The hamlet is surrounded by agricultural downlands and has become part of the South of England urban sprawl being largely inhabited by commuters. Local facilities are limited with no local shop. Likewise the absence of public transport links requires that local inhabitants own at least one vehicle for the purposes of shopping in local supermarkets. The hamlet is part of the parish of Shipton Bellinger where local Church of England worshippers repair to St Peters Parish Church for Sunday services.
Snoddington Manor House is first mentioned in Domesday Book and has a long history of occupancy passing through a number of different families as a result of in some cases families dying out or as a result of unfortunate choices during England's various internecine struggles.
In a "History of Hampshire" a limited history is offered:
The manor of SNODDINGTON belonged before the Conquest to Tovi and at the time of the Domesday Survey to Hugh de Port, tenant-in-chief. (fn. 38) It was held in the 13th century of Robert de Pont de L'Arche, lord of Newton Valence, and by him of Robert St. John, a descendant of Hugh de Port. (fn. 39) The overlordship of the St. John family subsequently lapsed, and the manor was held henceforward as of the manor of Newton Valence (q.v.) by suit of court and the service due from the fourth part of a knight's fee. (fn. 40)
At the beginning of the 13th century Thomas de Port and Margery de Cundy held jointly of Robert de St. John the fourth part of a knight's fee in Snoddington, (fn. 41) and a century later, in 1305, Gilbert Cundy held the same land, valued at 60s., of Aymer de Valence. (fn. 42) However, before 1316, Snoddington had come into the possession of Ingram Berenger, (fn. 43) lord of Shipton Bellinger, who two years later obtained from Thomas Harengod and Eleanor his wife (fn. 44) a quitclaim of all their rights in two messuages and 2 carucates of land in Snoddington for a rent of £5 during the life of Eleanor. (fn. 45) From this date the manor followed almost exactly the descent of Shipton Bellinger (fn. 46) (q.v.) until 1466, when Robert Bodenham died seised only of the reversion of the manor. This right passed to his infant grandson and heir Richard, son of his son Robert, (fn. 47) who as soon as he came into possession evidently sold the manor, probably to pay his grandfather's debts, to Tristram Fauntleroy, (fn. 48) a younger son of the Dorset family of that name. Tristram died in 1538, leaving a son and heir Brian, (fn. 49) whose son Henry held the manor until his death in 1578. (fn. 50) His heir was his son William, (fn. 51) who evidently died in a few years without issue, since his brother Henry was returned as the heir of his father Henry in 1589. (fn. 52) From this date the descent of the manor is unknown until the beginning of the 18th century, when it was in the possession of Richard Bird. Elizabeth, daughter and heir of Richard, brought Snoddington in marriage to Ralph Etwall of Andover, and the manor continued in the Etwall family until 1885. when Mr. William Etwall sold it to Mr. William H. Alexander. (fn. 53) The latter dying in 1905 devised the manor by will to Mr. H. C. Formby, B.A., J.P., the present owner. (fn. 54)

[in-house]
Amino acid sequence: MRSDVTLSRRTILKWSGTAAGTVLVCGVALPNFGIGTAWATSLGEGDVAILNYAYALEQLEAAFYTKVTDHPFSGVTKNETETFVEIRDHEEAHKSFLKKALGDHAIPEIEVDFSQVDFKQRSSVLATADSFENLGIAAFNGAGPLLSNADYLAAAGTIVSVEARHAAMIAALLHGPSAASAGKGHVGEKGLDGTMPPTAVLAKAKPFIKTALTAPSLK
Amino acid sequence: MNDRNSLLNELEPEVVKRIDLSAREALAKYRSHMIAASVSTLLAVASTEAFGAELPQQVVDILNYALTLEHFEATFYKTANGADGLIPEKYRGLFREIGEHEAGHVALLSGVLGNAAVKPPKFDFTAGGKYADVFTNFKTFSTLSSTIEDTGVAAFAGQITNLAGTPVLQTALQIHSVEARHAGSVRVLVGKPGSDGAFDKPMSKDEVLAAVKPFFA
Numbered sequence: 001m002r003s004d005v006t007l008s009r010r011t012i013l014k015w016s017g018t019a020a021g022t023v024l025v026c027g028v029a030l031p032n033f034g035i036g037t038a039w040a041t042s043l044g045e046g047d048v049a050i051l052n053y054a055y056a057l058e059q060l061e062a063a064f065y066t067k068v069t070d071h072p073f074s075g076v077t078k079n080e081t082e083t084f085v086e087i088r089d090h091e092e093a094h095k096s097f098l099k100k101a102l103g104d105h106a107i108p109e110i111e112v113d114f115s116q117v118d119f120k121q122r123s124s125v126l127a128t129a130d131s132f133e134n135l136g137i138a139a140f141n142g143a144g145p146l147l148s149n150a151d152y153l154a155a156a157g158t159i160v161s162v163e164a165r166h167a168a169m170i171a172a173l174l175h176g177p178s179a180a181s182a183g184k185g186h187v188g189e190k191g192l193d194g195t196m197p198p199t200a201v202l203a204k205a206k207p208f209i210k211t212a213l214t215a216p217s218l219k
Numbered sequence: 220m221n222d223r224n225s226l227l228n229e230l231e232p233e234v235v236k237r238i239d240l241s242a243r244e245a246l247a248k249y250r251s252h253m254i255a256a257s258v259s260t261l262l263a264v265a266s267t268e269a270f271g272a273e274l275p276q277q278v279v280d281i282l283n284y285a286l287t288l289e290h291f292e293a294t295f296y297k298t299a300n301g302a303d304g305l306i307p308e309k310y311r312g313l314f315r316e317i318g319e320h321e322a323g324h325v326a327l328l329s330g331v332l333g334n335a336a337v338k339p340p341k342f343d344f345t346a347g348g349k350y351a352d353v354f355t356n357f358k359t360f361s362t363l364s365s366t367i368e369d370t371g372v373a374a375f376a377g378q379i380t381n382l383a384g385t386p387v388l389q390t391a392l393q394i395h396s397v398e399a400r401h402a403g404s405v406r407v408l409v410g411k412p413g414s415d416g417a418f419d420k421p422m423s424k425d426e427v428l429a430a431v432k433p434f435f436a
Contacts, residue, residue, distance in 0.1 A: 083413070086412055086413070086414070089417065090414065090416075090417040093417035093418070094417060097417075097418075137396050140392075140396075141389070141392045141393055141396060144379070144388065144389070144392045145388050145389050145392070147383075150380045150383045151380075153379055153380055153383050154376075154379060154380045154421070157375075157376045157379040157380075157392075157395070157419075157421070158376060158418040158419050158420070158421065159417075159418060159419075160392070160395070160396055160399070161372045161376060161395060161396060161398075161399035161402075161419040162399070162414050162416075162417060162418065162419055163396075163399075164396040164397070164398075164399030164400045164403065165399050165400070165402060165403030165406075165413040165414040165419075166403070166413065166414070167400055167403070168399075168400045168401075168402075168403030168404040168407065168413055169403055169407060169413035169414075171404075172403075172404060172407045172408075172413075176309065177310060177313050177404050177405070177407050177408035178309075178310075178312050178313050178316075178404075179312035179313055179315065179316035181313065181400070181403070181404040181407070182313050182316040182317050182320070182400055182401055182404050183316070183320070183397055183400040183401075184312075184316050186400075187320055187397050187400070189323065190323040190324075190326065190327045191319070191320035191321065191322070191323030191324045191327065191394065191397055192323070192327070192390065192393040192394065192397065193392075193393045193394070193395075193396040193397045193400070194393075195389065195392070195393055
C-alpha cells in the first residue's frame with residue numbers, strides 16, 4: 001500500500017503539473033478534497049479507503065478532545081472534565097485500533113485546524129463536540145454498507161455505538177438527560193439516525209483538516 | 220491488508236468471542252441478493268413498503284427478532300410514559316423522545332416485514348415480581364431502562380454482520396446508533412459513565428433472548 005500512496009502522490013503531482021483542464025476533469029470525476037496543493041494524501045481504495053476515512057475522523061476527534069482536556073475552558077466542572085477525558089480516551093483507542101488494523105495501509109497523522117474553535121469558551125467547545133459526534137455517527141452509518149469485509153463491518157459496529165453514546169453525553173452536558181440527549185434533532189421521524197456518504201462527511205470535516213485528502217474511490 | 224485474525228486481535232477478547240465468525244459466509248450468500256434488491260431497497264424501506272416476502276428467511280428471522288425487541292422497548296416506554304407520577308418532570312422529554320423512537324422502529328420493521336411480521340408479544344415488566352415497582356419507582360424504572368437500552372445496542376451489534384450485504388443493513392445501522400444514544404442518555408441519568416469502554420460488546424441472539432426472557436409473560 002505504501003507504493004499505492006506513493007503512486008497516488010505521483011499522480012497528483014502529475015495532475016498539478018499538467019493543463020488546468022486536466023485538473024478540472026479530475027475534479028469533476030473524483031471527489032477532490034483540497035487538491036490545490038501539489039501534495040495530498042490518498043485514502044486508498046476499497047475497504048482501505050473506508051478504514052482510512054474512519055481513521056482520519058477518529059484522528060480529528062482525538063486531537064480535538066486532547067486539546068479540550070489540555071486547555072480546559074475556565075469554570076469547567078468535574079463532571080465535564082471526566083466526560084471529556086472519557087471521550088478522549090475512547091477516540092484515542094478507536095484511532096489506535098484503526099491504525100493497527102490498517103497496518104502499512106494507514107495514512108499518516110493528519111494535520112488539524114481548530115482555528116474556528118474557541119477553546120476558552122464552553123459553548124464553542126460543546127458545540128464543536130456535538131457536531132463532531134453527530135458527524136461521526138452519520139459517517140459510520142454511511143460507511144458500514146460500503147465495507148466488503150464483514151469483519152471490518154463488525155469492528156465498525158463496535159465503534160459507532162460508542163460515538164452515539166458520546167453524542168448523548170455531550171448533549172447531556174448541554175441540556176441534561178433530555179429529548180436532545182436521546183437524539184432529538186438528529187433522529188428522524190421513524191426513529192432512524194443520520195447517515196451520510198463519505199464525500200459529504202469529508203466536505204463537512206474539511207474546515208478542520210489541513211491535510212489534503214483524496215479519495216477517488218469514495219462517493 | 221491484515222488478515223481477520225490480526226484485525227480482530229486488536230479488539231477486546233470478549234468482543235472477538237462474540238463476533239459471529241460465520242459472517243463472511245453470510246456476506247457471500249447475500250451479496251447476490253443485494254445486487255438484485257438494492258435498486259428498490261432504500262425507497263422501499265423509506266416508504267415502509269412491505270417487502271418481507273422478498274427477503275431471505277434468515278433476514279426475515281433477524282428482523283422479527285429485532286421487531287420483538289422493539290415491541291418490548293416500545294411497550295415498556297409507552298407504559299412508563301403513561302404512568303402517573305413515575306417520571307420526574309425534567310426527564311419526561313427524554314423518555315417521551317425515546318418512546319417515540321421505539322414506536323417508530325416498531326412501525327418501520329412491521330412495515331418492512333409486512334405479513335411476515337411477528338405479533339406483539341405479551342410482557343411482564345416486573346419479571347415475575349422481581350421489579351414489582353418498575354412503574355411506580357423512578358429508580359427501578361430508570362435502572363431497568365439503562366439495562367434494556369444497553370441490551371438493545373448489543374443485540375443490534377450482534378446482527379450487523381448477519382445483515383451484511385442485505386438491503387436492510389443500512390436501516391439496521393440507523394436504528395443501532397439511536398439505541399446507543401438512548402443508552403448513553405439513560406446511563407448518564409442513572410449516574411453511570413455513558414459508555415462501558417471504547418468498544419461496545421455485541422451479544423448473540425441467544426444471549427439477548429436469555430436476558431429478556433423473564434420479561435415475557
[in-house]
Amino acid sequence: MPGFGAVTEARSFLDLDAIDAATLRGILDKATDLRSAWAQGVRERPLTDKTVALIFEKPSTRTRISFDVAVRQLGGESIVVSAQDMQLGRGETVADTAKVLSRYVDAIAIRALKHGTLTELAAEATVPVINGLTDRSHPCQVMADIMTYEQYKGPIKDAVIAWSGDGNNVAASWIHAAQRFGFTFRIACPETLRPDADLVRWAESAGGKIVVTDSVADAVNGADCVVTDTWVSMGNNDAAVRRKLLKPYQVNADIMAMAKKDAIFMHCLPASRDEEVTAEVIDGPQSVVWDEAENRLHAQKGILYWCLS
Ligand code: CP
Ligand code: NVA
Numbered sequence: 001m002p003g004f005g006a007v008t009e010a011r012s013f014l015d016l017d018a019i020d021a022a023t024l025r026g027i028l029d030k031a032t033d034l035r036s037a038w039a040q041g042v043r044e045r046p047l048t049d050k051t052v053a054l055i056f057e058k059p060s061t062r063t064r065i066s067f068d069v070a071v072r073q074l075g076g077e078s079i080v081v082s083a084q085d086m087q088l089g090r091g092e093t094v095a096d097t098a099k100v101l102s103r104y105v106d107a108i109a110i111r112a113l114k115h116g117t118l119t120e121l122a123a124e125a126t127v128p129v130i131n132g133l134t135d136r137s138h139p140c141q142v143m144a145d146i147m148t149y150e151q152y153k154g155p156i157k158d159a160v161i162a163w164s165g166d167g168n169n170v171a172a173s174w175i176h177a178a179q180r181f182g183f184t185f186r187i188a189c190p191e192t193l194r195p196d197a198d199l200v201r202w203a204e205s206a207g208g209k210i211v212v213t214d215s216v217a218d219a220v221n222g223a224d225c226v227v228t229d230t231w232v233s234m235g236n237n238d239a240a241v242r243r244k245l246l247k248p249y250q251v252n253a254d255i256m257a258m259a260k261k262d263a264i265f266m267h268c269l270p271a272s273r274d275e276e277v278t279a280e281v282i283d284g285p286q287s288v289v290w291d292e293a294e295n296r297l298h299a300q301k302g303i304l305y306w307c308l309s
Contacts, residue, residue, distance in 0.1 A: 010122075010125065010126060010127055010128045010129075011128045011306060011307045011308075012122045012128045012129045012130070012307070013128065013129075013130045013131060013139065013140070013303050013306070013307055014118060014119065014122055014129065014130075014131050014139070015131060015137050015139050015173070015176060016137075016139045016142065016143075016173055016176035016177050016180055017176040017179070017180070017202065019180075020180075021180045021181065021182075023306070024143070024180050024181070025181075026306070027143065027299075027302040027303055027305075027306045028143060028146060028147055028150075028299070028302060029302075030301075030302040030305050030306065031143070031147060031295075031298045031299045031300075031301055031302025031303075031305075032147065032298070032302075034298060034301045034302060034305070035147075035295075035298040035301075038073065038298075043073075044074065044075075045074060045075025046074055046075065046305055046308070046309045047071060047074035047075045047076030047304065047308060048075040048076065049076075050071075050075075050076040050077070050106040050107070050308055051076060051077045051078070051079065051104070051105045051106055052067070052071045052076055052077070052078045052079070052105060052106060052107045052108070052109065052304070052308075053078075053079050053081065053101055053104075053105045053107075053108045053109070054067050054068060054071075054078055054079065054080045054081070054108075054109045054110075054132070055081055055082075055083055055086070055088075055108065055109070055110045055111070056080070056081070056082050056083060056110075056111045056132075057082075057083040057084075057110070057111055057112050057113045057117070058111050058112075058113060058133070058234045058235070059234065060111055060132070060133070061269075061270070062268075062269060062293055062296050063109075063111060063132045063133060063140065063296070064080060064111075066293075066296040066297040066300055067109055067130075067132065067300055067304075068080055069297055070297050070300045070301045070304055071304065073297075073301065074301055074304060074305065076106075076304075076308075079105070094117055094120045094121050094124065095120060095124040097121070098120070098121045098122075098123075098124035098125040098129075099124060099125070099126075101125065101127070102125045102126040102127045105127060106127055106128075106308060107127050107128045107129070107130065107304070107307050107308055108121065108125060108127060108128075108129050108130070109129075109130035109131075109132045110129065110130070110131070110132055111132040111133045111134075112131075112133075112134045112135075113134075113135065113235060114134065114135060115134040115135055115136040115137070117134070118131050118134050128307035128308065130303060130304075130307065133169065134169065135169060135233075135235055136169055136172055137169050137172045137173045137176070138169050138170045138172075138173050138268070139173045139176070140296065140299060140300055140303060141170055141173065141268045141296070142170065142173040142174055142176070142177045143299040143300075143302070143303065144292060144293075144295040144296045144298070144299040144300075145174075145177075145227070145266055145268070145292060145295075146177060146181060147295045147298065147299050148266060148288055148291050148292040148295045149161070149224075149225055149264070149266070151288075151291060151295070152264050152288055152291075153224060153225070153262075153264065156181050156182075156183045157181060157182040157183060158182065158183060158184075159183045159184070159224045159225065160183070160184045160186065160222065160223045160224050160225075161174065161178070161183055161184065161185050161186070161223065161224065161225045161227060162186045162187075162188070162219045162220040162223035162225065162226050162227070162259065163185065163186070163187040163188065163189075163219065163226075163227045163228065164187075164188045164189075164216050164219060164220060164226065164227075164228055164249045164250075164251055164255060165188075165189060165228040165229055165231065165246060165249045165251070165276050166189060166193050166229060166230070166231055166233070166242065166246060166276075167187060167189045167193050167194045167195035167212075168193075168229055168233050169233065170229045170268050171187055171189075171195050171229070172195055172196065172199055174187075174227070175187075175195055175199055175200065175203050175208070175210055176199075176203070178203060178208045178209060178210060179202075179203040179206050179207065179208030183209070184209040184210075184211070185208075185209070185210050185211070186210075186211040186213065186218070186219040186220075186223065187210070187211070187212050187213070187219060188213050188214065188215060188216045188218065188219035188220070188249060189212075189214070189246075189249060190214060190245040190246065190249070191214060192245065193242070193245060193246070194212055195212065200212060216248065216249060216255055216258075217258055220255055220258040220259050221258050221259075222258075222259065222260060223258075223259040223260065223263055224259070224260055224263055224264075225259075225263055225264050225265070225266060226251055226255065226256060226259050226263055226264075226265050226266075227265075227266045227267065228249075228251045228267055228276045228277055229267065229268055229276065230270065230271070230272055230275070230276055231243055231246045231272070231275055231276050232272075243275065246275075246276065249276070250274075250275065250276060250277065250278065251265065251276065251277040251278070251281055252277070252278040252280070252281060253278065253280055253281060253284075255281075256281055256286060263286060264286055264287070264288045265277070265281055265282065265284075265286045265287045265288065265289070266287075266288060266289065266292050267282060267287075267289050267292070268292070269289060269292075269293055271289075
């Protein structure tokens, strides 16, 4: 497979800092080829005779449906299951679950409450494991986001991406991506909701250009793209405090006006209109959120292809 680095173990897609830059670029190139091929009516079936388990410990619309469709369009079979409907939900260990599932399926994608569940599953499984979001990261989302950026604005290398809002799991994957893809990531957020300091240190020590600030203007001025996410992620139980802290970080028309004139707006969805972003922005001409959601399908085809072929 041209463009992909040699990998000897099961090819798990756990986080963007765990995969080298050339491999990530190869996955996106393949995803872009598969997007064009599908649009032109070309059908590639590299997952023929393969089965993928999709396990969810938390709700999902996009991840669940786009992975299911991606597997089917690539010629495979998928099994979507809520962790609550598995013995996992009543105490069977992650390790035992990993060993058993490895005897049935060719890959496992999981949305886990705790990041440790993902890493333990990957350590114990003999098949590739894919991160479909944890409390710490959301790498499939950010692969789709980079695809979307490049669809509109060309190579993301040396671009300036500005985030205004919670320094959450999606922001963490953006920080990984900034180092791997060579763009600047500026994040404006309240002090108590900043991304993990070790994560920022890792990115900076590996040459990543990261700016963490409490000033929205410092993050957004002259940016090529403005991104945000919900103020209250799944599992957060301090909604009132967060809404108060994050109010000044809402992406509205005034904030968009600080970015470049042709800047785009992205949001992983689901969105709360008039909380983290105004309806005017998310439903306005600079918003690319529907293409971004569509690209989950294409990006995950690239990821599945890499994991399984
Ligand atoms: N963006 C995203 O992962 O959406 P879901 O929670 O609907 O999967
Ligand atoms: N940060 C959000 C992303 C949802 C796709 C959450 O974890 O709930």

The hamlet is presently engaged in a long running dispute with nearby Thruxton airfield to require local Cessna pilots to desist from flying low over the hamlet and thereby scaring domestic poultry, of which a number of deaths have been reported as a consequence. At least one owner of a prize winning flock has lost two cockerels to shock induced cardiac infarction.
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